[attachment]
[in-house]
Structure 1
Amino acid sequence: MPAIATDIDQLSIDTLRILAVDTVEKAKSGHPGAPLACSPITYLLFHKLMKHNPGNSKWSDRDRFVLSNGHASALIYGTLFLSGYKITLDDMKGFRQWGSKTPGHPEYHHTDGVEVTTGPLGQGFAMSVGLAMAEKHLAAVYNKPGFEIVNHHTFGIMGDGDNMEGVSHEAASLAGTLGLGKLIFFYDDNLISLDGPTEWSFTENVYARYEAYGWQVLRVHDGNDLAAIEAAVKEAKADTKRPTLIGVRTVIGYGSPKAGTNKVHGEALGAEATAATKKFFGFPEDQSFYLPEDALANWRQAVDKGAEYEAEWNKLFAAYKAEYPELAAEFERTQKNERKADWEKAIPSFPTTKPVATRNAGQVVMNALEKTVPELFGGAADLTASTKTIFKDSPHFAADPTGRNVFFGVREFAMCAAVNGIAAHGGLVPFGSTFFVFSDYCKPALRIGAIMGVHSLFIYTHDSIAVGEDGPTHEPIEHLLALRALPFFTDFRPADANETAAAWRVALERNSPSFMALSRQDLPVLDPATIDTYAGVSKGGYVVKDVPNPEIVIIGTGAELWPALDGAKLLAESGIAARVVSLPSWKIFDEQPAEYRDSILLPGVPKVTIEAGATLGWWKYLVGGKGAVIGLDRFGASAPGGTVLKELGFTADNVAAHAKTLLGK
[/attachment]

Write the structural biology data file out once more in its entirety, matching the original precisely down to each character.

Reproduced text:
[in-house]
Structure 1
Amino acid sequence: MPAIATDIDQLSIDTLRILAVDTVEKAKSGHPGAPLACSPITYLLFHKLMKHNPGNSKWSDRDRFVLSNGHASALIYGTLFLSGYKITLDDMKGFRQWGSKTPGHPEYHHTDGVEVTTGPLGQGFAMSVGLAMAEKHLAAVYNKPGFEIVNHHTFGIMGDGDNMEGVSHEAASLAGTLGLGKLIFFYDDNLISLDGPTEWSFTENVYARYEAYGWQVLRVHDGNDLAAIEAAVKEAKADTKRPTLIGVRTVIGYGSPKAGTNKVHGEALGAEATAATKKFFGFPEDQSFYLPEDALANWRQAVDKGAEYEAEWNKLFAAYKAEYPELAAEFERTQKNERKADWEKAIPSFPTTKPVATRNAGQVVMNALEKTVPELFGGAADLTASTKTIFKDSPHFAADPTGRNVFFGVREFAMCAAVNGIAAHGGLVPFGSTFFVFSDYCKPALRIGAIMGVHSLFIYTHDSIAVGEDGPTHEPIEHLLALRALPFFTDFRPADANETAAAWRVALERNSPSFMALSRQDLPVLDPATIDTYAGVSKGGYVVKDVPNPEIVIIGTGAELWPALDGAKLLAESGIAARVVSLPSWKIFDEQPAEYRDSILLPGVPKVTIEAGATLGWWKYLVGGKGAVIGLDRFGASAPGGTVLKELGFTADNVAAHAKTLLGK